Table of contents
- How to cite
- Frequently Asked Questions
- What is the Typology of Legal Technologies?
- Who is it aimed at?
- Who created the Typology?
- What are its goals?
- What do you mean by “potential legal impact”?
- Why have you included only 30 systems?
- Can I suggest a new entry?
- The profile for system X is out of date, will you update it?
- How do you define the terms that you’ve used?
- How can I give feedback?
- Background to this project
L. Diver, P. McBride, M. Medvedeva, A. Banerjee, E. D’hondt, T. Duarte, D. Dushi, G. Gori, E. van den Hoven, P. Meessen, M. Hildebrandt, ‘Typology of Legal Technologies’ (COHUBICOL, 2022), available at https://publications.cohubicol.com/typology
We are interested to know how you use it in your research – please get in touch and tell us!
The Typology is a method, a mindset, and an analysis of a handpicked set of typical legal technologies (applications, scientific papers, and datasets).
We have assessed these systems based on the claims made by their developers and/or providers, and on the substantiation of those claims, with an eye to the kind of legal impact their deployment might have. Our particular focus is on systems that might alter or impact the concept of legal effect that lies at the heart of law-as-we-know-it. This focus informed the number and range of systems that are represented here (see also Why have you included only 30 systems?).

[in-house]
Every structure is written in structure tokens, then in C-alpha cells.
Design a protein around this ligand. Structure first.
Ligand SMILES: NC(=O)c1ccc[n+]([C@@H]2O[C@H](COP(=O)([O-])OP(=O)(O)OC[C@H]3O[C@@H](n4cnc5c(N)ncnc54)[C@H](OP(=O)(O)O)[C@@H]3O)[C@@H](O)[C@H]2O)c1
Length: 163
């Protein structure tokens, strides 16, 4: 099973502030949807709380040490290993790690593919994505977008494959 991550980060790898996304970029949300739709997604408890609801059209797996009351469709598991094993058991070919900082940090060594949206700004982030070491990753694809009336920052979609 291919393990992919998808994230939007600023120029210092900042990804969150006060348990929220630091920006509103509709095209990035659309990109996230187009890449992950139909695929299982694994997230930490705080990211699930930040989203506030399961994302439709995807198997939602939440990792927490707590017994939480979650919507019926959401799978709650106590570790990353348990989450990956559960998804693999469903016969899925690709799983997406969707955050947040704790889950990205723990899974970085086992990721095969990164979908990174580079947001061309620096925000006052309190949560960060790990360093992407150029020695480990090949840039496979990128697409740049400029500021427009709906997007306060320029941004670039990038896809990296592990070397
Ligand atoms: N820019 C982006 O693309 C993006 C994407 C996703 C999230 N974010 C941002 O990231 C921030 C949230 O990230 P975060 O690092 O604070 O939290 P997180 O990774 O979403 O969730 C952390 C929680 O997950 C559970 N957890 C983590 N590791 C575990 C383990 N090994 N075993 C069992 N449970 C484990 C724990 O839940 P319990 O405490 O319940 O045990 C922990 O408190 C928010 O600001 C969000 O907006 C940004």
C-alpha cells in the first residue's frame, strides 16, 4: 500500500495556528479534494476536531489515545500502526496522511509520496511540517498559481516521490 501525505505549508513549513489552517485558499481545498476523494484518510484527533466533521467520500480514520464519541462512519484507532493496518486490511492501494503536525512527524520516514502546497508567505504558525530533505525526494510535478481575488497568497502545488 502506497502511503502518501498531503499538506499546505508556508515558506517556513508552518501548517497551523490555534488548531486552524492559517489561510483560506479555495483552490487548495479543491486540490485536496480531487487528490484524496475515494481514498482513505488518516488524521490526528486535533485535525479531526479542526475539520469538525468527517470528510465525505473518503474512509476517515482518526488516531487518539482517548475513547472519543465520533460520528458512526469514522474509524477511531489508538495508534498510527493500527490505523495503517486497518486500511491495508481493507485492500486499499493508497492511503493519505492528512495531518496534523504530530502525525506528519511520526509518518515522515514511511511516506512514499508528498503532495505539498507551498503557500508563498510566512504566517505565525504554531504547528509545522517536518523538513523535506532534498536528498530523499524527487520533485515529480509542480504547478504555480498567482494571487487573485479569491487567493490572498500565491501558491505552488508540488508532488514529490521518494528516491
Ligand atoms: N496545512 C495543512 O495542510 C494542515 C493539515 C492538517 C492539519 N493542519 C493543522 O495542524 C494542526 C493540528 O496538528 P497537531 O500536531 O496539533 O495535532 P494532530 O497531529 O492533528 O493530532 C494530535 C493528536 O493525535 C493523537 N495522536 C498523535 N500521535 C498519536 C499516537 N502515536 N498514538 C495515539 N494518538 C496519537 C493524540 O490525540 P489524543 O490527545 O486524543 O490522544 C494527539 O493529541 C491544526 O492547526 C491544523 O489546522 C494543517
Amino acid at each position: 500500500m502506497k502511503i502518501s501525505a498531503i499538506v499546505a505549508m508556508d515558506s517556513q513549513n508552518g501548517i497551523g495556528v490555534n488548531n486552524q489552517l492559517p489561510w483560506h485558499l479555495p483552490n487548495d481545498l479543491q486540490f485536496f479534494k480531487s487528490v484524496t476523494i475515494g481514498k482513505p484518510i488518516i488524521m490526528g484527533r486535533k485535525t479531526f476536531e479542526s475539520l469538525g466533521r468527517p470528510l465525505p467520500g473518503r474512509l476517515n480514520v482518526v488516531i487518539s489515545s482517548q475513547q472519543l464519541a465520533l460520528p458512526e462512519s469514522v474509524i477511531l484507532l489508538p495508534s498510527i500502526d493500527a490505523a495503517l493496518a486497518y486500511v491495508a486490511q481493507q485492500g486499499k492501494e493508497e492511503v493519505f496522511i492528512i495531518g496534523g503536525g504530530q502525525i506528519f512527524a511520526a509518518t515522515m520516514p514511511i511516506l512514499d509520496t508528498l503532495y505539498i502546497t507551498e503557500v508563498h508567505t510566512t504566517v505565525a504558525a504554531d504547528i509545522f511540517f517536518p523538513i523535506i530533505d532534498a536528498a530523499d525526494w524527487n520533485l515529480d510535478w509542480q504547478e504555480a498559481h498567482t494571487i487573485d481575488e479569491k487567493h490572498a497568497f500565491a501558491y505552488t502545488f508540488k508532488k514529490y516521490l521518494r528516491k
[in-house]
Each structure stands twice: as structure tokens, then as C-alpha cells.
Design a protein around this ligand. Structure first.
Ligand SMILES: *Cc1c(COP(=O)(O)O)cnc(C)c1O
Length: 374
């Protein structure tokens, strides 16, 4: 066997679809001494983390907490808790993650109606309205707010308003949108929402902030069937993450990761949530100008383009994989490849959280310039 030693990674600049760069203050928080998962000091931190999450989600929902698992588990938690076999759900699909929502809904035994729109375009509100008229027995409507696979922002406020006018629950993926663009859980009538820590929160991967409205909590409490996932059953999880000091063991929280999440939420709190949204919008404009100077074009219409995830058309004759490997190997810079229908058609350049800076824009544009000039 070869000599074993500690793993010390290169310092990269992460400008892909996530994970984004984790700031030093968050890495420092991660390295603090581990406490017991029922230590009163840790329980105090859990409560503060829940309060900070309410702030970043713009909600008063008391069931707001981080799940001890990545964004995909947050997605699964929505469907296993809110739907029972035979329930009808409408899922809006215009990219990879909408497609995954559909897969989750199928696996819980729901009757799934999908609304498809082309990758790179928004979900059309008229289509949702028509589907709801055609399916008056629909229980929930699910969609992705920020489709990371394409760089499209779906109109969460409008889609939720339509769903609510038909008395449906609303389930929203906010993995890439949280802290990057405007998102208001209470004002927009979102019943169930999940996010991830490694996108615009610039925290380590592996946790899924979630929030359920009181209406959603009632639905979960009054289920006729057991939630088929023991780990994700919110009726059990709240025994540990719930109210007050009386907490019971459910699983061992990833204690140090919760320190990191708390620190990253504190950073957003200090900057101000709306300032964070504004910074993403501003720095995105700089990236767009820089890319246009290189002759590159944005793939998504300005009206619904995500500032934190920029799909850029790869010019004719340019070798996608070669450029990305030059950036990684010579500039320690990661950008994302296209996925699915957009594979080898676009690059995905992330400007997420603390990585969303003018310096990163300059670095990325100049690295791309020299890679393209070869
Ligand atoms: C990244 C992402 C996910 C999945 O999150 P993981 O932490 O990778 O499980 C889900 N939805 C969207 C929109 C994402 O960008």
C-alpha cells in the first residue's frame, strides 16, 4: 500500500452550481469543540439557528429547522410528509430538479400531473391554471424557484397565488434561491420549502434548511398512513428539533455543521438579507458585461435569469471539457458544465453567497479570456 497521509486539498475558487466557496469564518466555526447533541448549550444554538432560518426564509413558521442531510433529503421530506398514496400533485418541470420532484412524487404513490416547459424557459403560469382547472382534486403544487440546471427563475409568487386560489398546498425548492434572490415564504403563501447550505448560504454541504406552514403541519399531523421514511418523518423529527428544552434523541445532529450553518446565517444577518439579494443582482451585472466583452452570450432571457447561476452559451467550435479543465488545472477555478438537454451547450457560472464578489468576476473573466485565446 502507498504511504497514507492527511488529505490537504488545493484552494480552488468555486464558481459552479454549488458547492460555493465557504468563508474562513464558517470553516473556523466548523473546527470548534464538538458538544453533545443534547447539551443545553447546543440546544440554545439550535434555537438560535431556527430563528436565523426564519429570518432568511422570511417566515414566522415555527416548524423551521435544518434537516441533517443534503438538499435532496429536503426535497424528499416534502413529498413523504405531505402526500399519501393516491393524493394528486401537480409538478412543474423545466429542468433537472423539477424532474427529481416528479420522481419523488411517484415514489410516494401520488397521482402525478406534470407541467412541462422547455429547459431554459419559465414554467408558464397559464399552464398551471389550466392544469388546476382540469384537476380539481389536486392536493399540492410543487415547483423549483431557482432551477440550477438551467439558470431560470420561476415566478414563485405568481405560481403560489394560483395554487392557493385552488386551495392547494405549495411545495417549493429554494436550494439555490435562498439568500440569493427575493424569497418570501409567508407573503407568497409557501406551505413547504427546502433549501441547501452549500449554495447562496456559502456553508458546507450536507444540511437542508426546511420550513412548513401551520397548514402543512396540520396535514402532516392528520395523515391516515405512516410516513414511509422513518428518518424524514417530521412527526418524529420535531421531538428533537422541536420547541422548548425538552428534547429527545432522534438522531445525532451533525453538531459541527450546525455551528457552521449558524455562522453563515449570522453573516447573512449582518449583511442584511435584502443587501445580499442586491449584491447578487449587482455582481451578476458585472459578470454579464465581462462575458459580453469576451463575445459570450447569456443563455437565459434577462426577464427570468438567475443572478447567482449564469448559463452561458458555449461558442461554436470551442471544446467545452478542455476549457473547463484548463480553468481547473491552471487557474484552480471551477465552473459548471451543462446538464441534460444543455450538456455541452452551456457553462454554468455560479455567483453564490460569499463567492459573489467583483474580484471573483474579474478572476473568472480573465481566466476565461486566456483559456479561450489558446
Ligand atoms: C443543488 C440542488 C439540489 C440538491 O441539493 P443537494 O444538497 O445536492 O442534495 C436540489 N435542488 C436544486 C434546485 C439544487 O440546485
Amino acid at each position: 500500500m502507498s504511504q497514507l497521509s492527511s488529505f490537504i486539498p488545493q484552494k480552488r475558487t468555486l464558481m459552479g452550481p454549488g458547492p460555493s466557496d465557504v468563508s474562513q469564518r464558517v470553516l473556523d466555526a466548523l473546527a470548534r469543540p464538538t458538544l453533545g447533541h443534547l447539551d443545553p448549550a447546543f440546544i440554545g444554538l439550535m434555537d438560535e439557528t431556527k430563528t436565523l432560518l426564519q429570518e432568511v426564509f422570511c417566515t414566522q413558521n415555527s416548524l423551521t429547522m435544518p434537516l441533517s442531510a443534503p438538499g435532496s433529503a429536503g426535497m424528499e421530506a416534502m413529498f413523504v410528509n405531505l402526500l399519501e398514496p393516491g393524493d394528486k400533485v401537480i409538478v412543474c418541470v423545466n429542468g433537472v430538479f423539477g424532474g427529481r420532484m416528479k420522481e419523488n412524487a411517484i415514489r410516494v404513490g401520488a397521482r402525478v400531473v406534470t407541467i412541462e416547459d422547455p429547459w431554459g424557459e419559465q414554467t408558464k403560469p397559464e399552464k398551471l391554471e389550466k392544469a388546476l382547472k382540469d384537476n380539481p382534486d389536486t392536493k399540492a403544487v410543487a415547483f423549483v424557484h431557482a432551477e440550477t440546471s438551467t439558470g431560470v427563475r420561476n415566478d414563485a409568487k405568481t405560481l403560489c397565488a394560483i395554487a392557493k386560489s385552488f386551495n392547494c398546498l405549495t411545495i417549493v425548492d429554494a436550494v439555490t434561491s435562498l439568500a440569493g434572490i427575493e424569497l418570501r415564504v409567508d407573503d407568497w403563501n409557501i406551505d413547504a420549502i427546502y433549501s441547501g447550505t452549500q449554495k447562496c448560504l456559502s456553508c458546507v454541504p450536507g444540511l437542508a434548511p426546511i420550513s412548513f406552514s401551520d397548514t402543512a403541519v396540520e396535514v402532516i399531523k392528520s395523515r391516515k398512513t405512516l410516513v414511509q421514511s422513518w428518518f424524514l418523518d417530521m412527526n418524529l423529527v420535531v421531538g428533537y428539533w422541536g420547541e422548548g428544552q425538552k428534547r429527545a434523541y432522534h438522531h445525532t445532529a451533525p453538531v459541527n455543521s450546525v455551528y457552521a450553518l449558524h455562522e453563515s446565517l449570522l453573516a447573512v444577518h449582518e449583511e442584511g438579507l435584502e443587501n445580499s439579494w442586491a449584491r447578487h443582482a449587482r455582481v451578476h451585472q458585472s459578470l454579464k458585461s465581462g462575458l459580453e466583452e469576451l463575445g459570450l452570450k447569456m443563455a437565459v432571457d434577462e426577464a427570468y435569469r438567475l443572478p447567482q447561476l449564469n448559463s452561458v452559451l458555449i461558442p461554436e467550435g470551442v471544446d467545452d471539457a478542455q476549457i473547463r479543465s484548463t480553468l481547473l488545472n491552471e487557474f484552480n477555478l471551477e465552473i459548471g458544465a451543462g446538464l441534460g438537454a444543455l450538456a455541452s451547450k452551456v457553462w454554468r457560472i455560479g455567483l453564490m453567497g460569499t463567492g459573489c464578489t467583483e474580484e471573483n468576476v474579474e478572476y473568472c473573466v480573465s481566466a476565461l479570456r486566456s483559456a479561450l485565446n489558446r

The Typology is also an online tool. Users are invited to play around with the various filters, thus mapping and comparing the legal technologies in different ways.
Our investigation relies on information that is made publicly available by the providers or developers and on our own computer science expertise regarding the relevant technology.
For a more detailed description of our motivation, see Our research concerns.
The tool is aimed at legal practitioners, developers of legal technologies, legal scholars, and computer scientists – but it may be of interest to wider audiences too.
The Typology’s contents were researched and produced by the COHUBICOL team and affiliated researchers.
The structure and interface was designed and built by Laurence Diver, legal postdoc in the COHUBICOL project.
We created the Typology with several aims in mind:
- To enable further research into legal technologies, based on our investigation of the substantiation of claims made by their providers and the potential legal impact of their deployment.
- To offer a strategy for review or evaluation of the different types of legal tech.
- To provide a means of comparing aspects of legal tech, especially how they operate at the ‘back-end’.
- To make sure our audience (primarily lawyers and computer scientists) can both navigate and understand the information we offer.
Our focus is on legal effect, that is the effects brought about by written and oral speech acts that are recognised by law (e.g. a civil servant pronouncing a marriage, two parties agreeing to a contract, or a judge handing down a written judgment).